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Elly Beinhorn and her Love for Aviation

Elly Beinhorn and her Love for Aviation

On May 30, 1907, German aviatrix and stunt pilot Elly Beinhorn was born. In the 1930s she broke several long distance flight records including flying over three continents in a single day. When it comes to the history of aviation, there seem to be less gender issues compared to other technological disciplines, as our growing list of women aviation pioneers here at yovisto blog can proof (cf. below). We already reported on…
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August von Parseval`s Airships

August von Parseval`s Airships

On May 26, 1906, German airship designer August von Parseval succeeded launching his new airship at Berlin Tegel military field. In contrast to his rival Zepellin, Parseval’s airships – also in honor of their inventor called Parsevals – were non-rigid or semi-rigid airships, with little or no stiffening structure inside the fabric envelope. Parseval was the first son of the Bavarian Councillor Joseph von Parseval (1825-1887) and his wife Marie Amélie, née von Schaden.…
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The First US Space Station Skylab

The First US Space Station Skylab

On May 25, 1973, the first crew of astronauts reached the US space station Skylab. Skylab was the very first US space station and orbited Earth from 1973 to 1979. Already in the 1950s it was expected by space scientists, that a space station would be a necessary step in space exploration. Wernher von Braun envisioned a very large space station with room for about 80 people including astronomers, meteorologists and soldiers to guard…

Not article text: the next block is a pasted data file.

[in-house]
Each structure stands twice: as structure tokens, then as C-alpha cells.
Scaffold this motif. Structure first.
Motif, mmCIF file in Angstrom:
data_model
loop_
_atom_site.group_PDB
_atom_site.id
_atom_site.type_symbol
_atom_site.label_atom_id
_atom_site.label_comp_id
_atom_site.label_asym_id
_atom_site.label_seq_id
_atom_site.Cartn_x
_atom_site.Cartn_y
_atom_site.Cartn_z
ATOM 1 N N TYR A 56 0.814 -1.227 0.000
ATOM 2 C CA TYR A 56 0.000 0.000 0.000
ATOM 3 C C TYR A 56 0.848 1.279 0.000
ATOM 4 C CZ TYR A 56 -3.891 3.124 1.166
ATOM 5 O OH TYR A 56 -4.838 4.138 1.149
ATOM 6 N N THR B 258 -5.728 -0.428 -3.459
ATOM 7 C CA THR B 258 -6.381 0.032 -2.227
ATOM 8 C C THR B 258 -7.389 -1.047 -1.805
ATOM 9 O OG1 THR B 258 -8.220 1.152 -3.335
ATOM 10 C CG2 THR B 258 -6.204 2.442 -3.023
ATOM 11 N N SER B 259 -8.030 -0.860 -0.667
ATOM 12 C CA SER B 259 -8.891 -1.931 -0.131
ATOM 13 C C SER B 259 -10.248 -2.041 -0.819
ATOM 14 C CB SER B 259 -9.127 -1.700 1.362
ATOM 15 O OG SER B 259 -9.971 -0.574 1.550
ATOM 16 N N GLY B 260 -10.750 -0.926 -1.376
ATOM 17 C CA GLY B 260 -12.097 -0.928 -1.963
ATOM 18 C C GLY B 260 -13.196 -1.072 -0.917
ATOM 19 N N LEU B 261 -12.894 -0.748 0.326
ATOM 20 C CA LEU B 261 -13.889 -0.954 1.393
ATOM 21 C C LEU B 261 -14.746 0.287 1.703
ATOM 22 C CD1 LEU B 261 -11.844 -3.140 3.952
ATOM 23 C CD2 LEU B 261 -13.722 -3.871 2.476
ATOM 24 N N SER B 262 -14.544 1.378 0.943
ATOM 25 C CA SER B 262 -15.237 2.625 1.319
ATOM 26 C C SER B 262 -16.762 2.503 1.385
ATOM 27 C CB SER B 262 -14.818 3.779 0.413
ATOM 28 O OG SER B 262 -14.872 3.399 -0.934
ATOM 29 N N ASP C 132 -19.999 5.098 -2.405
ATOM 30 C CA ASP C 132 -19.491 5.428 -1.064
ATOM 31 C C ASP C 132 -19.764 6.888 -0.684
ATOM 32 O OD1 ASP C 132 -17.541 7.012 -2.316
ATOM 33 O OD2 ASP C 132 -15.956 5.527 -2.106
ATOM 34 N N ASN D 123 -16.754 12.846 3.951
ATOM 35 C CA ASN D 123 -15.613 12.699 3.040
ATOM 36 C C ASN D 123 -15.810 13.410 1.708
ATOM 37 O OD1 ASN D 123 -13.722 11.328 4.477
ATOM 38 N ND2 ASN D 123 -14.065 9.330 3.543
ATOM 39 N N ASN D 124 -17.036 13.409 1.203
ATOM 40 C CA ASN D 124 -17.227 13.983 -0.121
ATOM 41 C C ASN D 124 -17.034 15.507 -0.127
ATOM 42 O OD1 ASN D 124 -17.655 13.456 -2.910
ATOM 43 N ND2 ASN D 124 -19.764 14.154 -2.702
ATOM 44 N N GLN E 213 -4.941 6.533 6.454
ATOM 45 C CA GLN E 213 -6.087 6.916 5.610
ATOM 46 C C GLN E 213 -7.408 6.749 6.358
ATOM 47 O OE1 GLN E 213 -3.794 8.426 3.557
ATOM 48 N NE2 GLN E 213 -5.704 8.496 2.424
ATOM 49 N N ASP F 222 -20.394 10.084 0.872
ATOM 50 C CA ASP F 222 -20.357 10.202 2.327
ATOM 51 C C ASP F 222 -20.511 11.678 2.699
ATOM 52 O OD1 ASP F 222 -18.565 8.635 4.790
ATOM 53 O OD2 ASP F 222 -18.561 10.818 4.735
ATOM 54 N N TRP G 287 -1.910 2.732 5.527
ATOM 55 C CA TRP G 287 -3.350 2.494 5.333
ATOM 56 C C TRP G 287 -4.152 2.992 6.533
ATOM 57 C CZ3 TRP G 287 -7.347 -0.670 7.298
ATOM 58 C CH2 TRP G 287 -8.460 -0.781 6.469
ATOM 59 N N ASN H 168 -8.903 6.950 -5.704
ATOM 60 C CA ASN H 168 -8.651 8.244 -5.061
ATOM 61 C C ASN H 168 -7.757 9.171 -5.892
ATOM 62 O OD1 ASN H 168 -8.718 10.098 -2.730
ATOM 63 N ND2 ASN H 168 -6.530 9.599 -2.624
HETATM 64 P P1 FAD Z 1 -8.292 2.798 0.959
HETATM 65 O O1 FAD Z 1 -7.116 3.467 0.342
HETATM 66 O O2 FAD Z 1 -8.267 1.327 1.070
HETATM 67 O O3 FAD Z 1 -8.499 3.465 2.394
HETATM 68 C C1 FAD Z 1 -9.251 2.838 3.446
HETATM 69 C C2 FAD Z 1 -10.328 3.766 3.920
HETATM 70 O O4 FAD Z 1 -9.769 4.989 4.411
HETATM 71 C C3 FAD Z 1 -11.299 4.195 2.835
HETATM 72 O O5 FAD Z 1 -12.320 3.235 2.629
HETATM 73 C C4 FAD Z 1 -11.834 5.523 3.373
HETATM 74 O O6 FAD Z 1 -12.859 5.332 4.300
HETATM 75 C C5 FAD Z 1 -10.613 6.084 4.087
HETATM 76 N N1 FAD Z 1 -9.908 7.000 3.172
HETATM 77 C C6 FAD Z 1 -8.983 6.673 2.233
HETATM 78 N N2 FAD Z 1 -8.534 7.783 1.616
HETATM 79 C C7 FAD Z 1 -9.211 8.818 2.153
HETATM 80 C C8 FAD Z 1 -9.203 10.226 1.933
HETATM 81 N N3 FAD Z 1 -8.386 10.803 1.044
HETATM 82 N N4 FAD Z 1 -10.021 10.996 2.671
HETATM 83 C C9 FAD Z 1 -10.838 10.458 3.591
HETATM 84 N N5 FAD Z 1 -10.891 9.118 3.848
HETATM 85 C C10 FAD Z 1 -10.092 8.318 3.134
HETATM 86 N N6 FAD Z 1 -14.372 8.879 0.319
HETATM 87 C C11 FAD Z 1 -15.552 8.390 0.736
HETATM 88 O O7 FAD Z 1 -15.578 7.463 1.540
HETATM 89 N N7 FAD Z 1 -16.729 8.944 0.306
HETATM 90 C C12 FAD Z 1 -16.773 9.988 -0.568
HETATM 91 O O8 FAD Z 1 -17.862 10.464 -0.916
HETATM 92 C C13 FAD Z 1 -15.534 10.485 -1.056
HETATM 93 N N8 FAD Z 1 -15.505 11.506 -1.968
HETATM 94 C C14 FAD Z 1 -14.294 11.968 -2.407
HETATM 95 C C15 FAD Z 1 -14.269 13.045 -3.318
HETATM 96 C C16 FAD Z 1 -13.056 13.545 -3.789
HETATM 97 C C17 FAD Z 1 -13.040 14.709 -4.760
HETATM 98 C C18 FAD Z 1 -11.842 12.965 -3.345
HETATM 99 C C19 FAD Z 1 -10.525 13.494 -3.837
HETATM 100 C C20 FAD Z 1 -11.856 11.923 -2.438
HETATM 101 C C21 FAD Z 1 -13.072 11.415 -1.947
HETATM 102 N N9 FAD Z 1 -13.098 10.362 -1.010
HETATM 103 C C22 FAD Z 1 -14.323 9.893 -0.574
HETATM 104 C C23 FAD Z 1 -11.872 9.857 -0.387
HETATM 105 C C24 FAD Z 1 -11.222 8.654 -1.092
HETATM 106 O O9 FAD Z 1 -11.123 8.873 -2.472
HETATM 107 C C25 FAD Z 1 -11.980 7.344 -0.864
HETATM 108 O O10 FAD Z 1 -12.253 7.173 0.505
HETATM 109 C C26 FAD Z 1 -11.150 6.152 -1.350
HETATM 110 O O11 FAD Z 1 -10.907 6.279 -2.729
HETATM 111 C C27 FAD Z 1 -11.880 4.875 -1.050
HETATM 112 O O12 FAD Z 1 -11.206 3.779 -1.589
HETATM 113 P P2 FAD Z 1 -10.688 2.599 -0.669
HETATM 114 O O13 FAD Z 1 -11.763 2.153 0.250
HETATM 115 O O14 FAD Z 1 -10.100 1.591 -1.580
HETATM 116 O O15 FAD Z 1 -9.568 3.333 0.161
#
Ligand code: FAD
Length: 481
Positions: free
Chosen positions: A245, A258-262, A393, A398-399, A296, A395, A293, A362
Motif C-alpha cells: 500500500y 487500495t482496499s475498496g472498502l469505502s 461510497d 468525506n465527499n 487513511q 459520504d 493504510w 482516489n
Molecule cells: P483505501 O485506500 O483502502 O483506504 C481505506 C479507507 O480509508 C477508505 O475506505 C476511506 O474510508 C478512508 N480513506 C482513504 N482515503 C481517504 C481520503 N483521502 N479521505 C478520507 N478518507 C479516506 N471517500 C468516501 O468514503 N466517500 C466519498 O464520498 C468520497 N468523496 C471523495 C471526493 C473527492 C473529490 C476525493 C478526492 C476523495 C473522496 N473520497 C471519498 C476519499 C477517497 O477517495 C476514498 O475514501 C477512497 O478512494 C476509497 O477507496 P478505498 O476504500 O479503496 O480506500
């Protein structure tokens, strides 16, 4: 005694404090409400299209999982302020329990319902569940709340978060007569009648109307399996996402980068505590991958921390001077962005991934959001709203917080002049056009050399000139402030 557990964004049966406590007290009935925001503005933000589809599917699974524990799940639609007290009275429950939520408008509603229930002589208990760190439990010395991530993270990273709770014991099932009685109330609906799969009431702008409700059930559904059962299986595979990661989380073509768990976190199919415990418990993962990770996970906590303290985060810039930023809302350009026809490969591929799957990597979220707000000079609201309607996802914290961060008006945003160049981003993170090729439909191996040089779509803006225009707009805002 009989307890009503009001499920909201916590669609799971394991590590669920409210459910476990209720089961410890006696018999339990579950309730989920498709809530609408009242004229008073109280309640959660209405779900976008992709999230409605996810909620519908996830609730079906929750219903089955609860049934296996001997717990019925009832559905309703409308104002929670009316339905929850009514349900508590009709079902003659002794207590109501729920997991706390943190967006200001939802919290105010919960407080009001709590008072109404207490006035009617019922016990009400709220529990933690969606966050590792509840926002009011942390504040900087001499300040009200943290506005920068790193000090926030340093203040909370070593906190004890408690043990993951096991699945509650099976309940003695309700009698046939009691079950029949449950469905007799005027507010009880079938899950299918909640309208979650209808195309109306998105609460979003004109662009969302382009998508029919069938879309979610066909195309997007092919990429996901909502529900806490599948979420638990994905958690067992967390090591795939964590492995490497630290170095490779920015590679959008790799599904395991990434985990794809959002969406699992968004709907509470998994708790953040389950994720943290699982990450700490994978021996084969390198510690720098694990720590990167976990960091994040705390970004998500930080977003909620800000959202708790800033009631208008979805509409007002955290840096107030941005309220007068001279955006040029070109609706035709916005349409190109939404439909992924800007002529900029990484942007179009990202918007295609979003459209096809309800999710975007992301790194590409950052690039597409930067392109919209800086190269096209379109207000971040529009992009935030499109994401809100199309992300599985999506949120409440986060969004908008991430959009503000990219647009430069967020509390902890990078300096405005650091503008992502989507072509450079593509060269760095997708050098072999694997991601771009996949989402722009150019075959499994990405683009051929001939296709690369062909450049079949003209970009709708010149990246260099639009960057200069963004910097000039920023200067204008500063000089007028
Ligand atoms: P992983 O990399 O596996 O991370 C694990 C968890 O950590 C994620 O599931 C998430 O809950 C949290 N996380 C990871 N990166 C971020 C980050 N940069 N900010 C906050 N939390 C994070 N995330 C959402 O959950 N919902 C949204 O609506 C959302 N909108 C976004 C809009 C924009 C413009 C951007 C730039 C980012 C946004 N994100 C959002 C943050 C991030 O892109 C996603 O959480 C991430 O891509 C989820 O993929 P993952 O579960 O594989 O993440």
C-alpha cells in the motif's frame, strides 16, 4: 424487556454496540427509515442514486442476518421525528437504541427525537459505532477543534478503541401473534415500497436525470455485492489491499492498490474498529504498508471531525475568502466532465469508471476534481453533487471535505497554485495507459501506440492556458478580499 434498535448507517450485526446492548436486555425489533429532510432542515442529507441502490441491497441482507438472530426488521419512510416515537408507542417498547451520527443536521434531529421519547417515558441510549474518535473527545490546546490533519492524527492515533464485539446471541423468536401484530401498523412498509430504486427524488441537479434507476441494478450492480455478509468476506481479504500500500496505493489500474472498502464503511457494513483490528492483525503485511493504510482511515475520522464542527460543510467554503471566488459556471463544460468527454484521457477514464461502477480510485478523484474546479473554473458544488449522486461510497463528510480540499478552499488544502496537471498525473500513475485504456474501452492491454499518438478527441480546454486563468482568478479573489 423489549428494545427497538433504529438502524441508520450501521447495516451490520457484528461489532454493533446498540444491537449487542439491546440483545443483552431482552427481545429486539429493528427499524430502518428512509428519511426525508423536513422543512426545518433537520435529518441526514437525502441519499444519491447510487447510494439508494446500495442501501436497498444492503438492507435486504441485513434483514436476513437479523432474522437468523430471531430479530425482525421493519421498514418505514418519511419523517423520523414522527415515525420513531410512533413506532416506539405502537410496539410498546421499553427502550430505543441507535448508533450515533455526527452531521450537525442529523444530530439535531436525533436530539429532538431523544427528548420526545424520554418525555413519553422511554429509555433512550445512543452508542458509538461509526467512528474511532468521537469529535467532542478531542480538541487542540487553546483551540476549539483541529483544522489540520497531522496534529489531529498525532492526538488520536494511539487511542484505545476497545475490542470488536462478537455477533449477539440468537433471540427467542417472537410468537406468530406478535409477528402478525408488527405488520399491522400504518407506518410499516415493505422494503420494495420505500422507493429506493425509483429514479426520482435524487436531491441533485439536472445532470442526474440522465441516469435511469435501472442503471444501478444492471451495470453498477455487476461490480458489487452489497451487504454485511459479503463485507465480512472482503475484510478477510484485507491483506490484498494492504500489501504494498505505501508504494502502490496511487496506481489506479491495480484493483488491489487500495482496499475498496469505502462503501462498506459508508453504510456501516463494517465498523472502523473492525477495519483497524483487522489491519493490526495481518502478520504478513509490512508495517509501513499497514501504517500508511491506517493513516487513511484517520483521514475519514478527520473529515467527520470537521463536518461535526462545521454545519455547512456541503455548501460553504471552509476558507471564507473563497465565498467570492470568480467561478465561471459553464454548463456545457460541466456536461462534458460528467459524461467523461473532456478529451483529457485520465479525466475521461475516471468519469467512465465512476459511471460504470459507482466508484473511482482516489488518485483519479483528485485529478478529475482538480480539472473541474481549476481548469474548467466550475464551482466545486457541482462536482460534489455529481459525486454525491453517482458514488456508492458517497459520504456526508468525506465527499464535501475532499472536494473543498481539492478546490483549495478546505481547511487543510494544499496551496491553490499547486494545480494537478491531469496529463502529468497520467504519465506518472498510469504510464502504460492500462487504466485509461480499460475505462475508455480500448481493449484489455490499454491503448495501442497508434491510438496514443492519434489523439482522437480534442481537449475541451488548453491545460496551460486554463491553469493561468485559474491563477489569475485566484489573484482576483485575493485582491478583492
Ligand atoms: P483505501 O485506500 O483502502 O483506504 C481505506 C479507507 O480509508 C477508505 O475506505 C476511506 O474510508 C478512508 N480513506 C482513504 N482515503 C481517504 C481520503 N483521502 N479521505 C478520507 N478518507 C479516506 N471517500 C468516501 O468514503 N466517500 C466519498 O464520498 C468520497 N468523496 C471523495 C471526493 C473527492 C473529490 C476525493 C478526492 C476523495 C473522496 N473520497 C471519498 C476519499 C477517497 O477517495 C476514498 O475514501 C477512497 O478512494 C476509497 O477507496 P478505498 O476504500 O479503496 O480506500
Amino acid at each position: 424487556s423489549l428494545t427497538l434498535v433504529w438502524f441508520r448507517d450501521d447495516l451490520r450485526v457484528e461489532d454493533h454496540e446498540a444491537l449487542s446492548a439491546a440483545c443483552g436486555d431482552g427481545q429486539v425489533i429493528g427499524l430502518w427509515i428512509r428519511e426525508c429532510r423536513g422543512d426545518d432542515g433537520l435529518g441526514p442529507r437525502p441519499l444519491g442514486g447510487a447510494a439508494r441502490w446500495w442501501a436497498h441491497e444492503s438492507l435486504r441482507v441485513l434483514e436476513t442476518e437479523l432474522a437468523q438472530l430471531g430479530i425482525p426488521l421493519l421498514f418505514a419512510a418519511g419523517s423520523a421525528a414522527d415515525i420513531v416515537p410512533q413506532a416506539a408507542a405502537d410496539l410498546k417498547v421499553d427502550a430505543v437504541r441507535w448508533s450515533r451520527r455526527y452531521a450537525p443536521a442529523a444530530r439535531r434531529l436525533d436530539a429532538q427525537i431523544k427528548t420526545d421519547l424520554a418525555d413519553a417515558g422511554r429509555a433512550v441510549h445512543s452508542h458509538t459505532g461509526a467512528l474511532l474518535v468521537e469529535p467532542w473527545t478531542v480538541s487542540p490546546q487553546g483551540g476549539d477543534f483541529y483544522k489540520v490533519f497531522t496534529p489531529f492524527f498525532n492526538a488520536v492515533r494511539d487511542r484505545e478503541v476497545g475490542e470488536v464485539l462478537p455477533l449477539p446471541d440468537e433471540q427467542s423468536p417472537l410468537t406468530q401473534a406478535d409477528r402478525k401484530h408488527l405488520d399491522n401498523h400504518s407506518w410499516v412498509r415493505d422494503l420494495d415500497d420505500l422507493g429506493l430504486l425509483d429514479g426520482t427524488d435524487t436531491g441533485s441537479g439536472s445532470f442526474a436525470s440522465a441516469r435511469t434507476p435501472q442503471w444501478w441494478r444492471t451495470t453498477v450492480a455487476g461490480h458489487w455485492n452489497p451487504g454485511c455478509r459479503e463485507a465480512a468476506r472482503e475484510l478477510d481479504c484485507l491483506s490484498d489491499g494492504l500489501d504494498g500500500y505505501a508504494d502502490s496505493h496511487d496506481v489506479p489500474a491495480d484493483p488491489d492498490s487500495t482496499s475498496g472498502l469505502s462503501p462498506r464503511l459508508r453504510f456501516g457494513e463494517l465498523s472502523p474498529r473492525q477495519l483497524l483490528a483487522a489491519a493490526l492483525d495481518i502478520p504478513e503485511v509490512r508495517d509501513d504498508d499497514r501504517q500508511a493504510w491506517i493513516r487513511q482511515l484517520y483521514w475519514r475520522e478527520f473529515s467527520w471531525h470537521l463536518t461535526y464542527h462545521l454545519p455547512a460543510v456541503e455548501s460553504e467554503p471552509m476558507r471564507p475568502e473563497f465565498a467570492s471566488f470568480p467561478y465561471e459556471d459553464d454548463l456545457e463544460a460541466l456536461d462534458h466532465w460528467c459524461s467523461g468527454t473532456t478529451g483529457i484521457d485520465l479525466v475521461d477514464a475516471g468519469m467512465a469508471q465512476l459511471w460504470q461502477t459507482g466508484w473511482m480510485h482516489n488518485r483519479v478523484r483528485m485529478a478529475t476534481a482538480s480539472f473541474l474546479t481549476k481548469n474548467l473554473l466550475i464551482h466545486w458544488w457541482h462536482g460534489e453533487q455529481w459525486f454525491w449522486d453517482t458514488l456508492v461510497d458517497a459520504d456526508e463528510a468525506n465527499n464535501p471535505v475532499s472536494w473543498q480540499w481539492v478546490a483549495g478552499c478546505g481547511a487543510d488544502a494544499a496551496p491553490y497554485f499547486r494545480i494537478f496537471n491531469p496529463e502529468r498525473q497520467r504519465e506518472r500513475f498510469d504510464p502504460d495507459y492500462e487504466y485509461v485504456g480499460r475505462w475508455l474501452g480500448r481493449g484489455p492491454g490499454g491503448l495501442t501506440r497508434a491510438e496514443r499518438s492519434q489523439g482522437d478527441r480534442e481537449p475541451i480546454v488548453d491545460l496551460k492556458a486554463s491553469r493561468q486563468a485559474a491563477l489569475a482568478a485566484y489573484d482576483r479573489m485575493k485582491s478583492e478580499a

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The Antikythera Mechanism – an Ancient Analog Computer

The Antikythera Mechanism – an Ancient Analog Computer

On May 17, 1902, Greek archaeologist Valerios Stais discovers the Antikythera mechanism, an ancient mechanical analog computer, designed to predict astronomical positions and eclipses. The famous mechanism was discovered in a shipwreck near the Greekisland of Antikythera. In October 1900, a group of sponge divers discovered the wreck and retrieved a great number of artifacts dating back to the end of the second century BC, which included bronze and marble statues, pottery,…
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The Kinetoscope and Edison’s Wrong Way to Invent the Cinema

The Kinetoscope and Edison’s Wrong Way to Invent the Cinema

On April 14, 1894, chief engineer William K. L. Dickson in the team of Thomas Alva Edison, presents the newly invented Kinetoscope, an early motion picture exhibition device designed for films to be viewed by one individual at a time through a peephole viewer window at the top of the device. Ok, according to Edison, the cinema would never have become the silver screen you know, but would have remained a cheap fairground…